History of Astronomy

  • 200

    Aristotle

    Aristotle
    Aristotle(384 BC-323 BC) Aristotle laid the foundations of Western Philosophy. The wide nature of Aristotle's thought helped him to develop a comprehensive system of philosophy that still influences Western culture today.
  • 200

    Aristarchus of Samos

    Aristarchus of Samos
    picAristarchus of Samos(310 BC-230 BC) The first to maintain that the earth moves around the sun. His method of estimating the relative lunar and solar distances is geometrically correct.
  • 200

    Eratosthenes

    Eratosthenes
    picEratosthenes(276 BC-196 BC) Eratosthenes was the founder of scientific chronology. Works on moral philosophy, history, and a number of letters were also attributed to him.
  • 200

    Pythagoras

    Pythagoras
    Pythagoras(575 BC-507 BC) The first to consider the Earth as a sphere revolving with the other planets and the sun around a universal "central fire". Pythagoras also recognized that the orbit of the moos was inclined to the equator of the Earth.
  • 200

    Hipparchus

    Hipparchus
    picHipparchus(190 BC-120 BC) Hipparchus founded trigonometry. He made the capital discovery of the precession of the equinoxes in 130.
  • 200

    Ancient Greek Astronomy

    Ancient Greek Astronomy
    ancient(648 BC) The Greeks were credited with several important discoveries in astronomy. Aristarchus of Samos (310-230 B.C.) was the first to suggest that the earth revolved on an axis and moved around the sun. The Greek philosopher Anaxagoras discovered that the moon reflected the suns rays, instead of producing light itself.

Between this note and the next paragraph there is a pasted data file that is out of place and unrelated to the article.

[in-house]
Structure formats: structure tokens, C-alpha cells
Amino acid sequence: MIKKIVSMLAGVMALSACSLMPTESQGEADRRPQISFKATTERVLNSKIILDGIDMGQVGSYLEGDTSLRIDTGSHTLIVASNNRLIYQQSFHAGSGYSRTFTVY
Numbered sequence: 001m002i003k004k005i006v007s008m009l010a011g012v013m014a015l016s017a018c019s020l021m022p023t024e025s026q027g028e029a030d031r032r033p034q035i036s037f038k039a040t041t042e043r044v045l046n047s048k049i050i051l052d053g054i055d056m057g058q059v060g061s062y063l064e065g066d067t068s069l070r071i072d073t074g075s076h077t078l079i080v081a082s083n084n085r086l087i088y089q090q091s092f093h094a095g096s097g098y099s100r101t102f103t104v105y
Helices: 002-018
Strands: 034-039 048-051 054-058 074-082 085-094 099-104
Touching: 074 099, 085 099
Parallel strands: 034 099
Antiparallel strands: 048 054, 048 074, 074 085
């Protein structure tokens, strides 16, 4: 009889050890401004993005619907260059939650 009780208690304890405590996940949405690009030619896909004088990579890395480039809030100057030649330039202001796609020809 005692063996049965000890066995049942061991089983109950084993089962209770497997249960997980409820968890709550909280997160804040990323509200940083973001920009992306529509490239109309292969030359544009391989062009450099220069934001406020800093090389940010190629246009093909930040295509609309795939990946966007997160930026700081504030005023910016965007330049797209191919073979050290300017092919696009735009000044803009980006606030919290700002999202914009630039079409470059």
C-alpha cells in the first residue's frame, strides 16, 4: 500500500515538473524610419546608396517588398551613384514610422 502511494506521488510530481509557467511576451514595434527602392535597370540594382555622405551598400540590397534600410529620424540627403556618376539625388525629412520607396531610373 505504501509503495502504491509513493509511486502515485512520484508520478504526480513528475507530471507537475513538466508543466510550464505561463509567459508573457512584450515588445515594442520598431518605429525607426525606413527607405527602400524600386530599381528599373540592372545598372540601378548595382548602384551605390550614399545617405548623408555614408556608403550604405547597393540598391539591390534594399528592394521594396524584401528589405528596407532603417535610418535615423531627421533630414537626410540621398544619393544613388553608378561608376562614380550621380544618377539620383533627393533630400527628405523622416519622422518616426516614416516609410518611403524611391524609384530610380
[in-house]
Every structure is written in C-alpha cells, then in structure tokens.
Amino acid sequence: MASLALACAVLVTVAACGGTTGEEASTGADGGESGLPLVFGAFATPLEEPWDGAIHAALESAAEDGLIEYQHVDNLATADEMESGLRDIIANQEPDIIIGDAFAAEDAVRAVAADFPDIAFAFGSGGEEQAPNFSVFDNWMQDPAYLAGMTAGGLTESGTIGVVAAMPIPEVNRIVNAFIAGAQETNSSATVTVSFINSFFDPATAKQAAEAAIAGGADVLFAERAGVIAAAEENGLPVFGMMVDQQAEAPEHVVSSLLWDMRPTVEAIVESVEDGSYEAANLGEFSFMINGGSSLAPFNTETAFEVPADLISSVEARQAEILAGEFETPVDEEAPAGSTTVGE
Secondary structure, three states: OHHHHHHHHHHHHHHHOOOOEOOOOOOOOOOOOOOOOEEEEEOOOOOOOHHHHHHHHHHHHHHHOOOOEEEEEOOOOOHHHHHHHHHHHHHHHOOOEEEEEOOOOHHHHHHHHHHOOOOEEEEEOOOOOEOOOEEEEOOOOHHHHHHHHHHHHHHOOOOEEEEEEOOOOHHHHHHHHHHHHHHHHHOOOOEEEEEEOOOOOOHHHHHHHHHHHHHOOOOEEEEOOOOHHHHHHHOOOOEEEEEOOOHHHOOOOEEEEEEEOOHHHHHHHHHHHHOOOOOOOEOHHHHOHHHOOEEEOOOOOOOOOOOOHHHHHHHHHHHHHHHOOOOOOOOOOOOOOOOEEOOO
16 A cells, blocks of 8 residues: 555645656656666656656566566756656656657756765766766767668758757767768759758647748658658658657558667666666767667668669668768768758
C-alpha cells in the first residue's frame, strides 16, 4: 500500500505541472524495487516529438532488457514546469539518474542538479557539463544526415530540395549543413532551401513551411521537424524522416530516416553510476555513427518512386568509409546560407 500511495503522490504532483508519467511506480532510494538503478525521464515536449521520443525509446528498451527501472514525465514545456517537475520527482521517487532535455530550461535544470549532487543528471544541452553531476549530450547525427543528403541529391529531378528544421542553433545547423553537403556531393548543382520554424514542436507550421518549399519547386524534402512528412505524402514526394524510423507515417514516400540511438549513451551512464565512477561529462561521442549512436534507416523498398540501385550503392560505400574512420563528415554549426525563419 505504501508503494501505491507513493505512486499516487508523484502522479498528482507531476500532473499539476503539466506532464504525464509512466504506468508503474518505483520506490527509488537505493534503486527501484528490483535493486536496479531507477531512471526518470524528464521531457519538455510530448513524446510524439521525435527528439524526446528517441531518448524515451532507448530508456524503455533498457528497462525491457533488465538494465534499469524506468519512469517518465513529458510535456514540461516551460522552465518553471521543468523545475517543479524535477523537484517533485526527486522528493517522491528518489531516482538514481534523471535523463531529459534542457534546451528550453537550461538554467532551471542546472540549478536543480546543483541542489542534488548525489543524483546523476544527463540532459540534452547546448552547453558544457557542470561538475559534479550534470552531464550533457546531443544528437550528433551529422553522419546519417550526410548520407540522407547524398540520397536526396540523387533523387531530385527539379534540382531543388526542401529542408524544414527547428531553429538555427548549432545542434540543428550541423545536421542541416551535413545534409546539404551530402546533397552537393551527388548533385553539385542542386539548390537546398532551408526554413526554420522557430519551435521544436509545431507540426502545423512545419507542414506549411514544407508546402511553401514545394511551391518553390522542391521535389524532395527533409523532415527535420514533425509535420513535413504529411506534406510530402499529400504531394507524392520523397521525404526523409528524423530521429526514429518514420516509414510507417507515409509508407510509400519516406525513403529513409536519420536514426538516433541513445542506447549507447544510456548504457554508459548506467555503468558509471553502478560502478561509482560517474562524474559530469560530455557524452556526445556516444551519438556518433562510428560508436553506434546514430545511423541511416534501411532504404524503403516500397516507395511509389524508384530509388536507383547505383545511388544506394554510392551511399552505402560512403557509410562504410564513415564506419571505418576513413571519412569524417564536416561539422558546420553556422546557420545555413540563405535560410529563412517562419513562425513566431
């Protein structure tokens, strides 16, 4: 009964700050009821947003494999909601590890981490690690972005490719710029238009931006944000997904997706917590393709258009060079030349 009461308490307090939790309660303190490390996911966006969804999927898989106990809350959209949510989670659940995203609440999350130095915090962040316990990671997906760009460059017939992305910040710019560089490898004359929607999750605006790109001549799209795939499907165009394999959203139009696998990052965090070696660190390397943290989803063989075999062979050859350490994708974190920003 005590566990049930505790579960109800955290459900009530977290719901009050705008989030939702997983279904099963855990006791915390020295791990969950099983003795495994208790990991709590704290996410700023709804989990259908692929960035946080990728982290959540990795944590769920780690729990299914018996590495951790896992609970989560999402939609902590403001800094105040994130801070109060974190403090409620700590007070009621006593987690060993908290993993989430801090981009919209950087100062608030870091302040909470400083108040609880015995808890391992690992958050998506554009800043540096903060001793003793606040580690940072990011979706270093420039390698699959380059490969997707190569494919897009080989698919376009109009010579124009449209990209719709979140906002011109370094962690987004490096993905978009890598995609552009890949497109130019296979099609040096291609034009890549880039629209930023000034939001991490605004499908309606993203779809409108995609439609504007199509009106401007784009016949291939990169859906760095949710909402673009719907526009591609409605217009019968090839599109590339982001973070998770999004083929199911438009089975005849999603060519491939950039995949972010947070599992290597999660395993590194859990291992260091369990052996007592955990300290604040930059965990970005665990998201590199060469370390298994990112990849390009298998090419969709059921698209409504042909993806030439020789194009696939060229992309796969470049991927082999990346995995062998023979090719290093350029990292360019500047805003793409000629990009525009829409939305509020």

• Feb 19, 1473

    Copernicus

    Copernicus
    PictureCopernicus(1473-1543) Most famously known for postulating the theory of the heliocentric model. His work became the basic of the astronomical revolution during the Renaissance.
  • Dec 14, 1546

    Tycho Brahe

    Tycho Brahe
    pictureTycho Brahe(1546-1601) Brahe vastly improved the art of astronomical observation. He constructed a table of refractions, allowed for instrumental inaccuraces, and eliminated by averaging accidental errors.
  • Feb 15, 1564

    Galileo Galilei

    Galileo Galilei
    pictureGalileo(1564-1642) One of the most famous astronomers and scientists in history. His work developed much of the modern concepts by which research is conducted today. His conflict with the Catholic Church over the nature of the solar system is one of the major events of his life.